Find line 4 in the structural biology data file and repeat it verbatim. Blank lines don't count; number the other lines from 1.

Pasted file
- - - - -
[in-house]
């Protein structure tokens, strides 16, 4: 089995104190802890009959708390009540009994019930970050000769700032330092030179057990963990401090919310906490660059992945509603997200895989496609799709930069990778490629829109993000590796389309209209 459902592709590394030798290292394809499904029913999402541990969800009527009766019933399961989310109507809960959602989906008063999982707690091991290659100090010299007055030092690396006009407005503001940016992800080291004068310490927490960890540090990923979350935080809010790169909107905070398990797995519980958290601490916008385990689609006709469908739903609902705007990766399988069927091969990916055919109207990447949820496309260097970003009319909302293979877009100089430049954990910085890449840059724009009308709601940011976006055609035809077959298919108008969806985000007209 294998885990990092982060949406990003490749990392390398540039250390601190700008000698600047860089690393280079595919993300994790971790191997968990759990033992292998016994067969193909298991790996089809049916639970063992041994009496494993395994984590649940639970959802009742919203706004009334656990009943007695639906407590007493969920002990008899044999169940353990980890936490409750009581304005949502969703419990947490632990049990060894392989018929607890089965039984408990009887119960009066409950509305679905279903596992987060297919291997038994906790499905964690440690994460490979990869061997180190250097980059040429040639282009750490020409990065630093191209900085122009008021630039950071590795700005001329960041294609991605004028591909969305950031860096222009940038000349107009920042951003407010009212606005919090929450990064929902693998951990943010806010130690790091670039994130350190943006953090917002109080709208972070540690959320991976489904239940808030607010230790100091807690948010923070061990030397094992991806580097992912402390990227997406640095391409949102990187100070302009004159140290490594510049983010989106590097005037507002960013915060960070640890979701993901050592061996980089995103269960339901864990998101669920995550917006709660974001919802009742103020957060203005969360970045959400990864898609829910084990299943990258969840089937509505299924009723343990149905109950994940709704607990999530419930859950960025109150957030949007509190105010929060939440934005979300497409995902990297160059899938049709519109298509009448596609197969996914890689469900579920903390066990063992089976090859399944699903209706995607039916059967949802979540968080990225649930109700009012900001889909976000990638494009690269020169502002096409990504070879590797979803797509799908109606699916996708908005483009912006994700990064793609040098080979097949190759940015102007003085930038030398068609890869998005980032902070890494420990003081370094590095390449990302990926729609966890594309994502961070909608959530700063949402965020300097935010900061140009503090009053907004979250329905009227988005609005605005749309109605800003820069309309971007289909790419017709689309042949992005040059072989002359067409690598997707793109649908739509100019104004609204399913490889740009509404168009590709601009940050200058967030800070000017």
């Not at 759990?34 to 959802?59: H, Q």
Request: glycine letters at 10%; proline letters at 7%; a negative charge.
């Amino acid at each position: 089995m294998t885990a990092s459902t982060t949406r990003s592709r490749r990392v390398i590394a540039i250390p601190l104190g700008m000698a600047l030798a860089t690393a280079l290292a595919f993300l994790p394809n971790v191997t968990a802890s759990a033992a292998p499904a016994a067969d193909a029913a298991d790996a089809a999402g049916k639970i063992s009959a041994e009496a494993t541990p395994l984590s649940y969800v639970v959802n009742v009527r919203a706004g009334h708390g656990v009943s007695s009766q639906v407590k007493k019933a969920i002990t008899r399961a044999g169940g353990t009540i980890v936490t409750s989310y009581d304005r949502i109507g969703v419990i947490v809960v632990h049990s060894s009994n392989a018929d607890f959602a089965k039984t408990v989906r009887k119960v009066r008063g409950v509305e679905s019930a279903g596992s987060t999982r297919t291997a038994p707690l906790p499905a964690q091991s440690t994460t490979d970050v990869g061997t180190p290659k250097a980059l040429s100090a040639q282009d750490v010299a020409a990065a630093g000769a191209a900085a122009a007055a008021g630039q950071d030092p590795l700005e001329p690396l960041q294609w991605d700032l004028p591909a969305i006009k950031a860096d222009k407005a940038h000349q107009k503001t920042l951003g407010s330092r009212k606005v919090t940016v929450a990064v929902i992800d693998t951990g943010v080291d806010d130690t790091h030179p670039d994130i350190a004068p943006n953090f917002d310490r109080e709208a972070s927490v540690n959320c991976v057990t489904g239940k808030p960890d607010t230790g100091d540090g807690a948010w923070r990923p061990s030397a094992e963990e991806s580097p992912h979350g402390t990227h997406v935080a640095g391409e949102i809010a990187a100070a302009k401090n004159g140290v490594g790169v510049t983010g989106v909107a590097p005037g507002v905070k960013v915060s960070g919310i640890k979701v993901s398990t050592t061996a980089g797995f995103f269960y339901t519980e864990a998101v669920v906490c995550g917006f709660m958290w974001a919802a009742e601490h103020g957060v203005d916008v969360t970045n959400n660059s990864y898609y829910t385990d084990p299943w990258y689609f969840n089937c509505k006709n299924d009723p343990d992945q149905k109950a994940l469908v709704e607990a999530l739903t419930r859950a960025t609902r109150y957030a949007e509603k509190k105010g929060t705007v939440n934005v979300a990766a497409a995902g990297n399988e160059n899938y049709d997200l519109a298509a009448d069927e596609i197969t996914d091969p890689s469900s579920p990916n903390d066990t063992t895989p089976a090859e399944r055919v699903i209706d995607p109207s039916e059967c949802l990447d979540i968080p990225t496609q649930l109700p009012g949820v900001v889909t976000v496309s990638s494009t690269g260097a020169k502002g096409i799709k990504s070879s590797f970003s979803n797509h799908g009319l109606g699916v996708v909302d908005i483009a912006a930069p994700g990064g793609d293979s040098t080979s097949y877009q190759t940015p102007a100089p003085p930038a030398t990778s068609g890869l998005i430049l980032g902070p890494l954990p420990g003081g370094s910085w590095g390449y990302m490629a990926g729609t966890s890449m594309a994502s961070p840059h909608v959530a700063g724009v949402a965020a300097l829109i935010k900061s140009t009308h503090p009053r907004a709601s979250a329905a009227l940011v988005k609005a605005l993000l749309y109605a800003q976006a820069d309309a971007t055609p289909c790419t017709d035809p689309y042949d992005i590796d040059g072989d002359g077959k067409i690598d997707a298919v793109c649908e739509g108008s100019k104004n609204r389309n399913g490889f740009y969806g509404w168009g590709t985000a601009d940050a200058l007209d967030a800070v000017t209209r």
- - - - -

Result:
Request: glycine letters at 10%; proline letters at 7%; a negative charge.